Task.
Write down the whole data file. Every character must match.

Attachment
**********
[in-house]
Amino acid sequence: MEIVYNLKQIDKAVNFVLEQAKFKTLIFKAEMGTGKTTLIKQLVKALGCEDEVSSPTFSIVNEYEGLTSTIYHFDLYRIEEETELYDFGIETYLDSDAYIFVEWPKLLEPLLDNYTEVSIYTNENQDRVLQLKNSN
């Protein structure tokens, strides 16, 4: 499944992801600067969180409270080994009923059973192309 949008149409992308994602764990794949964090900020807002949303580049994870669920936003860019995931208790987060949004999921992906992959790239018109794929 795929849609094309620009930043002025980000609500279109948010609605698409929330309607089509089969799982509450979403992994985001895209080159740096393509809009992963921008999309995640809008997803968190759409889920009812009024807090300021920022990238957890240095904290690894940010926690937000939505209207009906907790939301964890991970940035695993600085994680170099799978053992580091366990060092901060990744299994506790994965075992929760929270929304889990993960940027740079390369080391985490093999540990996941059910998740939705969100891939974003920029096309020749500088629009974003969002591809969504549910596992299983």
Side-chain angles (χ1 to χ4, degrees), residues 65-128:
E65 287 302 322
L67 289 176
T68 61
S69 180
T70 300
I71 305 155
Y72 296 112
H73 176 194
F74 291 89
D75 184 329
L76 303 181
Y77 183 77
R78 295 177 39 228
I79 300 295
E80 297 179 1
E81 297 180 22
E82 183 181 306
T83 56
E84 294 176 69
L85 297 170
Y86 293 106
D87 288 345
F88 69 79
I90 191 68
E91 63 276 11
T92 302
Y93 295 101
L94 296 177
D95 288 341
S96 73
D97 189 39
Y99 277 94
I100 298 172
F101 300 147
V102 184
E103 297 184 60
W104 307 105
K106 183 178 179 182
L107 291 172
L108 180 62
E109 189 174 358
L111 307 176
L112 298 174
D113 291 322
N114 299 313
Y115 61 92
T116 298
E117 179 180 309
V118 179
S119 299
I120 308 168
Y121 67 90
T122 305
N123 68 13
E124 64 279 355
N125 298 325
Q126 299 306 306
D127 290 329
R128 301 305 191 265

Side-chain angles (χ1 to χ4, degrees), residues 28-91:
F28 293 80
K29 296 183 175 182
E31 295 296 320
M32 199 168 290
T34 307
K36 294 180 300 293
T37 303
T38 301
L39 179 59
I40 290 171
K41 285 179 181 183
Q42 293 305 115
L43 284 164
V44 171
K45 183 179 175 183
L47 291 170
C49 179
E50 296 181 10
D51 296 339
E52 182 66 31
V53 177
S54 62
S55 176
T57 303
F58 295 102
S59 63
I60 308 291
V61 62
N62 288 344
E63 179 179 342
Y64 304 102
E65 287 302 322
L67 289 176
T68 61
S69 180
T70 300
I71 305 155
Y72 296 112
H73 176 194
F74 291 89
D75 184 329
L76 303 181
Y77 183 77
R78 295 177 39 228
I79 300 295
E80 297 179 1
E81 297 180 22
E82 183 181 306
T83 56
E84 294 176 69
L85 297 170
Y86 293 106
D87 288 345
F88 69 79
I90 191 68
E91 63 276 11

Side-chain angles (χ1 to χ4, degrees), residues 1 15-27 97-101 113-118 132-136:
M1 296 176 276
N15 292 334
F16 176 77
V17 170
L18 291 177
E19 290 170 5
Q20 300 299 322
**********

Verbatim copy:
[in-house]
Amino acid sequence: MEIVYNLKQIDKAVNFVLEQAKFKTLIFKAEMGTGKTTLIKQLVKALGCEDEVSSPTFSIVNEYEGLTSTIYHFDLYRIEEETELYDFGIETYLDSDAYIFVEWPKLLEPLLDNYTEVSIYTNENQDRVLQLKNSN
């Protein structure tokens, strides 16, 4: 499944992801600067969180409270080994009923059973192309 949008149409992308994602764990794949964090900020807002949303580049994870669920936003860019995931208790987060949004999921992906992959790239018109794929 795929849609094309620009930043002025980000609500279109948010609605698409929330309607089509089969799982509450979403992994985001895209080159740096393509809009992963921008999309995640809008997803968190759409889920009812009024807090300021920022990238957890240095904290690894940010926690937000939505209207009906907790939301964890991970940035695993600085994680170099799978053992580091366990060092901060990744299994506790994965075992929760929270929304889990993960940027740079390369080391985490093999540990996941059910998740939705969100891939974003920029096309020749500088629009974003969002591809969504549910596992299983």
Side-chain angles (χ1 to χ4, degrees), residues 65-128:
E65 287 302 322
L67 289 176
T68 61
S69 180
T70 300
I71 305 155
Y72 296 112
H73 176 194
F74 291 89
D75 184 329
L76 303 181
Y77 183 77
R78 295 177 39 228
I79 300 295
E80 297 179 1
E81 297 180 22
E82 183 181 306
T83 56
E84 294 176 69
L85 297 170
Y86 293 106
D87 288 345
F88 69 79
I90 191 68
E91 63 276 11
T92 302
Y93 295 101
L94 296 177
D95 288 341
S96 73
D97 189 39
Y99 277 94
I100 298 172
F101 300 147
V102 184
E103 297 184 60
W104 307 105
K106 183 178 179 182
L107 291 172
L108 180 62
E109 189 174 358
L111 307 176
L112 298 174
D113 291 322
N114 299 313
Y115 61 92
T116 298
E117 179 180 309
V118 179
S119 299
I120 308 168
Y121 67 90
T122 305
N123 68 13
E124 64 279 355
N125 298 325
Q126 299 306 306
D127 290 329
R128 301 305 191 265

Side-chain angles (χ1 to χ4, degrees), residues 28-91:
F28 293 80
K29 296 183 175 182
E31 295 296 320
M32 199 168 290
T34 307
K36 294 180 300 293
T37 303
T38 301
L39 179 59
I40 290 171
K41 285 179 181 183
Q42 293 305 115
L43 284 164
V44 171
K45 183 179 175 183
L47 291 170
C49 179
E50 296 181 10
D51 296 339
E52 182 66 31
V53 177
S54 62
S55 176
T57 303
F58 295 102
S59 63
I60 308 291
V61 62
N62 288 344
E63 179 179 342
Y64 304 102
E65 287 302 322
L67 289 176
T68 61
S69 180
T70 300
I71 305 155
Y72 296 112
H73 176 194
F74 291 89
D75 184 329
L76 303 181
Y77 183 77
R78 295 177 39 228
I79 300 295
E80 297 179 1
E81 297 180 22
E82 183 181 306
T83 56
E84 294 176 69
L85 297 170
Y86 293 106
D87 288 345
F88 69 79
I90 191 68
E91 63 276 11

Side-chain angles (χ1 to χ4, degrees), residues 1 15-27 97-101 113-118 132-136:
M1 296 176 276
N15 292 334
F16 176 77
V17 170
L18 291 177
E19 290 170 5
Q20 300 299 322